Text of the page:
The rationale for the adopted guidelines follows:
There is no active clergy compensation policy in our diocese. Compensation packages among our clergy reflect no systematic consideration for tenure, education, size of parish or relative fairness. The most recent diocesan policy was established by the late Bishop BORIS in 1985 (which, by the way, requires that a newly ordained and assigned priest receive a minimum of $800.00 per month in salary). That policy, along with the O.C.A. clergy Compensation Guidelines dating from 1992, became the foundation for this current proposal. Since much of the “package” was already intact, the pressing question for the committee to address was simply “how much money should we pay the priest?” or “what is fair and reasonable compensation to both the Pastor and the parish?
At the January 2005 meeting the Chancellor and committee agreed that the compensation model for a public school teacher was both viable and desirable. Built into most school district policies were the variables of tenure and education. Demographic and cost of living differences across the diocese could be easily addressed by simply using local school pay scales for each parish. The committee left that meeting with the intention to follow the school model course for a diocesan wide compensation policy, tailoring the school compensation information into our existing package.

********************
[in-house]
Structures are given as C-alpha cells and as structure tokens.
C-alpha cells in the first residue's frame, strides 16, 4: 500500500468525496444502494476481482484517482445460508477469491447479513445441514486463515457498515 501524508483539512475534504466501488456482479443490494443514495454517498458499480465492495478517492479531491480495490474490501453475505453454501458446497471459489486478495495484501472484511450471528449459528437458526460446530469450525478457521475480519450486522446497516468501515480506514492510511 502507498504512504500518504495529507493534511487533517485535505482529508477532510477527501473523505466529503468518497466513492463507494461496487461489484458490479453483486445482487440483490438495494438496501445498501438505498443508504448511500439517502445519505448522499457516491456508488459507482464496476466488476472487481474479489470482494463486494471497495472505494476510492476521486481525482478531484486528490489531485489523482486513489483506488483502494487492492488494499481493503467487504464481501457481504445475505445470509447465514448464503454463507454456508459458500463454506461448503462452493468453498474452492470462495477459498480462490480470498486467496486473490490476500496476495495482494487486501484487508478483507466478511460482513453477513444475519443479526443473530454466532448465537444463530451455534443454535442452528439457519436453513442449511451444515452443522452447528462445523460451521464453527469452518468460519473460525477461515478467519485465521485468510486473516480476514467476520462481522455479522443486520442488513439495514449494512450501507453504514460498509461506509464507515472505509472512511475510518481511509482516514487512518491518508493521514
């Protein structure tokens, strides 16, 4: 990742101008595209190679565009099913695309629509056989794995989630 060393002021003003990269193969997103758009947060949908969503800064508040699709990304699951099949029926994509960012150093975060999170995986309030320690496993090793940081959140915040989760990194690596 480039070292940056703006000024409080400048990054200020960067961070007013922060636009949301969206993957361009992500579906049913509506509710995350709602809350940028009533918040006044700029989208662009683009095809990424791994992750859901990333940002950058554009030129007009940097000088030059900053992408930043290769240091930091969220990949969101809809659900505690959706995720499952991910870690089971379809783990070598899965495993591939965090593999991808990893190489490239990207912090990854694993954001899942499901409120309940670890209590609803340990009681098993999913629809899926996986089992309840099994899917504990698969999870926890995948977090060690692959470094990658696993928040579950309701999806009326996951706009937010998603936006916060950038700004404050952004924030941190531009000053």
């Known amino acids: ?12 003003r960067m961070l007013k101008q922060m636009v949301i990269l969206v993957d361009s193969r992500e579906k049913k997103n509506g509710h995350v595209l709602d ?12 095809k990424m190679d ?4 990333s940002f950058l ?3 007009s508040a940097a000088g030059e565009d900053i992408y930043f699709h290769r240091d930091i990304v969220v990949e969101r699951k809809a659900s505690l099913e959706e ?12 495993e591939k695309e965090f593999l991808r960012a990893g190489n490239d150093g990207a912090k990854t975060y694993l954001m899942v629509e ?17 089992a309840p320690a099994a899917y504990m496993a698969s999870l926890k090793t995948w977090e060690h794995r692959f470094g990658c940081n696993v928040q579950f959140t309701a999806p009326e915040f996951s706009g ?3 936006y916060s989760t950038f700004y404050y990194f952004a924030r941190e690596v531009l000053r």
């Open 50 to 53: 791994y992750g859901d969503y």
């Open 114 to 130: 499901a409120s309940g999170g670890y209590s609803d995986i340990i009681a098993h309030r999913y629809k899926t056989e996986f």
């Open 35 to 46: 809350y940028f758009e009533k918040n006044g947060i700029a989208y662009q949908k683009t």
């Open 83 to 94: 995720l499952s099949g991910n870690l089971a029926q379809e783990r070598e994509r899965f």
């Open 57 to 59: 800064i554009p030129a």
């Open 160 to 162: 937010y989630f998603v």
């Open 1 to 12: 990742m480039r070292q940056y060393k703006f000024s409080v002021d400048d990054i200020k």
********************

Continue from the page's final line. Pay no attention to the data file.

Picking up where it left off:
At the August 2007 meeting concerns were raised, particularly by the priests, that meeting the costs of the school salary schedules in most of our parishes would simply be impossible at this time. Reviewing the data from the recent clergy compensation survey conducted by Joe Kormos earlier in the year, the anticipated net increase of cost to a parish is quite intimidating. Since a policy which establishes the impossible as a norm is destined to be marginalized and ignored, it was necessary to adjust the model.
The following guideline is based on the Medium Household Income (MHI) of the county in which the parish is located. Consideration for tenure is built into the process, while adjustments for parish size are strongly encouraged. A number of elements of the policy are beyond the scope of diocesan manipulation, e.g. FICA requirements, and O.C.A. mandated pension, life insurance and health care coverage. Additional suggestions for “perks” to a deserving and well respected pastor are also made.